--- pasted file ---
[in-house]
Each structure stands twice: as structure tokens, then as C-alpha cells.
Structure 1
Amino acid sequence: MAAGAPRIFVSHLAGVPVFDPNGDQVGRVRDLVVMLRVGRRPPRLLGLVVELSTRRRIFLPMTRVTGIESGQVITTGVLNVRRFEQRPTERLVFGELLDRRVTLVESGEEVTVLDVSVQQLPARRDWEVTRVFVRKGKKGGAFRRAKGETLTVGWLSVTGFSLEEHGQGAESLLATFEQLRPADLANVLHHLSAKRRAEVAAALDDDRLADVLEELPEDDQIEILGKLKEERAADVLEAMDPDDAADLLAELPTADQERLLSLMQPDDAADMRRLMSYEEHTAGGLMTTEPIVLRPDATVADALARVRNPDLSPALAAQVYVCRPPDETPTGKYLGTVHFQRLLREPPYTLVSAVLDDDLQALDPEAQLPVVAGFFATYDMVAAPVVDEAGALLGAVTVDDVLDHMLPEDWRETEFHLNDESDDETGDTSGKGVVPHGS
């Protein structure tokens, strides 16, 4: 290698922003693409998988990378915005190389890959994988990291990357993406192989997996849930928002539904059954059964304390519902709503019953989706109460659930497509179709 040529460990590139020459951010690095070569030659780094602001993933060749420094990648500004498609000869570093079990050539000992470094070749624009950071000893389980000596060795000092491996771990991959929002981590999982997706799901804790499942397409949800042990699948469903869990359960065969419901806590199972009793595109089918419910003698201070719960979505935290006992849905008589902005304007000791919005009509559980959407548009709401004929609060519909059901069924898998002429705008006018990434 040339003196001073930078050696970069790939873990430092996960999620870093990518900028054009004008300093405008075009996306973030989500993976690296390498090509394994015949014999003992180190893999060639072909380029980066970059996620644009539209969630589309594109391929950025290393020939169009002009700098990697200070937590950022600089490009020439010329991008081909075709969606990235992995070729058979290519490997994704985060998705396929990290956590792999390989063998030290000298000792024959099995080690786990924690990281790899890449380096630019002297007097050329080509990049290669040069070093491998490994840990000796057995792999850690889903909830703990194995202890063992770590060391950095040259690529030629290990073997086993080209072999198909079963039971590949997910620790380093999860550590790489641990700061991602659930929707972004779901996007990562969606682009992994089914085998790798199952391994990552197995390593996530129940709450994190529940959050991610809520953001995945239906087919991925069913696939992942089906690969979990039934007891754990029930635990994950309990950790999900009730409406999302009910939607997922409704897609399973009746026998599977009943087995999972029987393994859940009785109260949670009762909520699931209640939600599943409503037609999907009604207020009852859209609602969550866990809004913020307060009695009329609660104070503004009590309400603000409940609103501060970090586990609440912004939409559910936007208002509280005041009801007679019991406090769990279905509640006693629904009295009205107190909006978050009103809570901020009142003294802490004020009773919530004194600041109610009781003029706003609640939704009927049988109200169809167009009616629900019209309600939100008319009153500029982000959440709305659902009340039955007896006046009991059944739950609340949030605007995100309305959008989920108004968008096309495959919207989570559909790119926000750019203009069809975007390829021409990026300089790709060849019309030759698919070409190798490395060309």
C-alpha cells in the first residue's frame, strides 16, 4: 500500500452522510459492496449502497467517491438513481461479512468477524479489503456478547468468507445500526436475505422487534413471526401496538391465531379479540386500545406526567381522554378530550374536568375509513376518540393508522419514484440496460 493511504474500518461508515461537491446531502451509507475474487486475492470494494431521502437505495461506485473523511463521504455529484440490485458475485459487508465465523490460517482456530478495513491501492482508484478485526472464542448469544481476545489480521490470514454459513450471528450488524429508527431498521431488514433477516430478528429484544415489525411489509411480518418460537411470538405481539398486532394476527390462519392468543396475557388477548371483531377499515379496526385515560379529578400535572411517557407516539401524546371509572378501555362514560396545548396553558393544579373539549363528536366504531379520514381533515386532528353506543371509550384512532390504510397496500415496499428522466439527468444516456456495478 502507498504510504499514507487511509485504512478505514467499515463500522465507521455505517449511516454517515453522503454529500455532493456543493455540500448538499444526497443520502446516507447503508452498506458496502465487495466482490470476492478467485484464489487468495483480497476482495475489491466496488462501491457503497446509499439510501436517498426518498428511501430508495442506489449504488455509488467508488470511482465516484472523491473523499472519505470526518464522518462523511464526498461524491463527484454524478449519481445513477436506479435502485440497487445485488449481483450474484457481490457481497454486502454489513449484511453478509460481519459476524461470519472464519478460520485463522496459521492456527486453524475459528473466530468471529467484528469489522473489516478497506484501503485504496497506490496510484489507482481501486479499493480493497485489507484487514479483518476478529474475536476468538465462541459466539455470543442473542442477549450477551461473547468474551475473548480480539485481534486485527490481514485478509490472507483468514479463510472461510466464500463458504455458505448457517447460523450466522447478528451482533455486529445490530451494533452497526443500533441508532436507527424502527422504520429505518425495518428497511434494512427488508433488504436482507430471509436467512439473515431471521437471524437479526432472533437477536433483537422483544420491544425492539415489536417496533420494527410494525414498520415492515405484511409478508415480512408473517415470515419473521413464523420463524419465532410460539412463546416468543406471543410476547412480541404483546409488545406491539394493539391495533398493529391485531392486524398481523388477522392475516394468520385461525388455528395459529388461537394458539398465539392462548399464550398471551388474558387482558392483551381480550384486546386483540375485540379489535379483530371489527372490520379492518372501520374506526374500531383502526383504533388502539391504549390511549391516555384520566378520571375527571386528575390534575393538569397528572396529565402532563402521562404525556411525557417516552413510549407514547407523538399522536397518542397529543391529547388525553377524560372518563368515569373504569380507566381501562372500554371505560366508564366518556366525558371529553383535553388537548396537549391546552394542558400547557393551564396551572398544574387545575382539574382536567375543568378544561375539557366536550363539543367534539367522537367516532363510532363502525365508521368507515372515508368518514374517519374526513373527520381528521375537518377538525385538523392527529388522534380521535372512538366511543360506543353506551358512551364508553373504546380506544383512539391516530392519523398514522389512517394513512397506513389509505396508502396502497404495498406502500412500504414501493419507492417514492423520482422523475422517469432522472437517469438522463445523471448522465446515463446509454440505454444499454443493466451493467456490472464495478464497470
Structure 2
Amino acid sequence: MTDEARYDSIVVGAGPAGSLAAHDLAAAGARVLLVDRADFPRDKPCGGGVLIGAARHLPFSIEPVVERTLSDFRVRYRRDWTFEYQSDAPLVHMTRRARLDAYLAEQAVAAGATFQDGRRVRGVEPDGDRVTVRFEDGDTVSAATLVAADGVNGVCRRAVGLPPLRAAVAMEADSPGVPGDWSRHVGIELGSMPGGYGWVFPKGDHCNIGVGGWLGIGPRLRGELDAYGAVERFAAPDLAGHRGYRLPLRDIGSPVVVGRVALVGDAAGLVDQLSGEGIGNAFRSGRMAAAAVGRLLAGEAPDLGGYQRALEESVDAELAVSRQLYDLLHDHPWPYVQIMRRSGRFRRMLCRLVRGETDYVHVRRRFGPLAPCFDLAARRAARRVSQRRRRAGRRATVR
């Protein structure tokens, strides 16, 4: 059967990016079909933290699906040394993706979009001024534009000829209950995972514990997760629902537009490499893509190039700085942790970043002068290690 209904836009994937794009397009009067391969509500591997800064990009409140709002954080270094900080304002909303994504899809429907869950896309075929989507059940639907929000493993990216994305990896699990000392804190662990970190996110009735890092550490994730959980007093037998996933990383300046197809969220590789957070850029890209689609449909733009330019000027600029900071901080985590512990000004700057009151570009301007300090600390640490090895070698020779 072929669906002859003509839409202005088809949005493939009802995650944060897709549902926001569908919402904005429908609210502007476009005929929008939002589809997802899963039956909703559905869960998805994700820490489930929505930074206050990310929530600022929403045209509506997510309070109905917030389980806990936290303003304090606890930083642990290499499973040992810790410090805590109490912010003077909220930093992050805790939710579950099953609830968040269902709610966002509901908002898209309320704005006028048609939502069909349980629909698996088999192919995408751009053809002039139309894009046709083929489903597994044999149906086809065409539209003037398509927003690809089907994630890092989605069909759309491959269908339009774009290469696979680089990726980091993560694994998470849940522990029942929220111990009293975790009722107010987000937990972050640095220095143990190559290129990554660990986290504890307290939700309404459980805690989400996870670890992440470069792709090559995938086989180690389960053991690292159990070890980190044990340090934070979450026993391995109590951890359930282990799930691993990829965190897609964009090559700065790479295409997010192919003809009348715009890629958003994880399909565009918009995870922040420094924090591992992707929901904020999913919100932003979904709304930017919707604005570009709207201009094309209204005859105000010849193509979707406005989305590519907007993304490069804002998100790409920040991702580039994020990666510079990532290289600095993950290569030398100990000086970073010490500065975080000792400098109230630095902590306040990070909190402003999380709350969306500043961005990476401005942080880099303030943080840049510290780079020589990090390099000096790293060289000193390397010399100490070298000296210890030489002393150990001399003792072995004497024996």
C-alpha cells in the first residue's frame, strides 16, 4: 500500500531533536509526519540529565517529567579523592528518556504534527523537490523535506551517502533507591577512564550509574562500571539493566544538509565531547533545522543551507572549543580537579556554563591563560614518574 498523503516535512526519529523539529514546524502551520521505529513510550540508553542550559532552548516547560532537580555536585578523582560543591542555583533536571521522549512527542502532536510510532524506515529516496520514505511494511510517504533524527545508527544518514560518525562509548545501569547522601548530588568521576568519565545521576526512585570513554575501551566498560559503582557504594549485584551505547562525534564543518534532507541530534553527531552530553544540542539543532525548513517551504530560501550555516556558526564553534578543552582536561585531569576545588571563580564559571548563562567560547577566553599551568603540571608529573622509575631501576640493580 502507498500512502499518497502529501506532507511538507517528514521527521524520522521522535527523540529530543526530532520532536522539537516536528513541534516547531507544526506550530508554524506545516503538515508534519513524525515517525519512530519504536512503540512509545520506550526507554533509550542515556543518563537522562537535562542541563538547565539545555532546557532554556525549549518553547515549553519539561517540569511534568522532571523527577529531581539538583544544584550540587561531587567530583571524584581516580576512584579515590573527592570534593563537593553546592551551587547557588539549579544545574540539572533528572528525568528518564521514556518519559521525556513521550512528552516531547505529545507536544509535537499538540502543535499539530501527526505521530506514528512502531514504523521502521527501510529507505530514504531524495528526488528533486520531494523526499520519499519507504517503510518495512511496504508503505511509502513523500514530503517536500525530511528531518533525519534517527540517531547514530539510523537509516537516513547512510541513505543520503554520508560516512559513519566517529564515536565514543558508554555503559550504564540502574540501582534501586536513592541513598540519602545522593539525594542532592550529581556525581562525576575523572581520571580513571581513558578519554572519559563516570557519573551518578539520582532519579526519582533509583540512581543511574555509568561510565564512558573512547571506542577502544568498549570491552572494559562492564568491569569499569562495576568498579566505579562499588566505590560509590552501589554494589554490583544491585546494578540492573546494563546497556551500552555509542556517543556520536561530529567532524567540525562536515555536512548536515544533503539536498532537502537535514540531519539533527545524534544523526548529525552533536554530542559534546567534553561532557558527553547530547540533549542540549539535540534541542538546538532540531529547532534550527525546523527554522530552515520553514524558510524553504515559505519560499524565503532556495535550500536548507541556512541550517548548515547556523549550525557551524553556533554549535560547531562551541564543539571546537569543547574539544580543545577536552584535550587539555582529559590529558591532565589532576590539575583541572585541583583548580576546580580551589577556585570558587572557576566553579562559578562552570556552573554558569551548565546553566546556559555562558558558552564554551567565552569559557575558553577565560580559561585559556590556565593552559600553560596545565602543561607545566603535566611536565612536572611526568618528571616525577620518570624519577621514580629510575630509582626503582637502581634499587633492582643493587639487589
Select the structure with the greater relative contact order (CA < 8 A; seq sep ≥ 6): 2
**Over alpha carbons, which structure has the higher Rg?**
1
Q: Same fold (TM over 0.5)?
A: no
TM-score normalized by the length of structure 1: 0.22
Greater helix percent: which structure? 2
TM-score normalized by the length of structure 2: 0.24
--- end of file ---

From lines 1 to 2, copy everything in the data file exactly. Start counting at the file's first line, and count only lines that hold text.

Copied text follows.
[in-house]
Each structure stands twice: as structure tokens, then as C-alpha cells.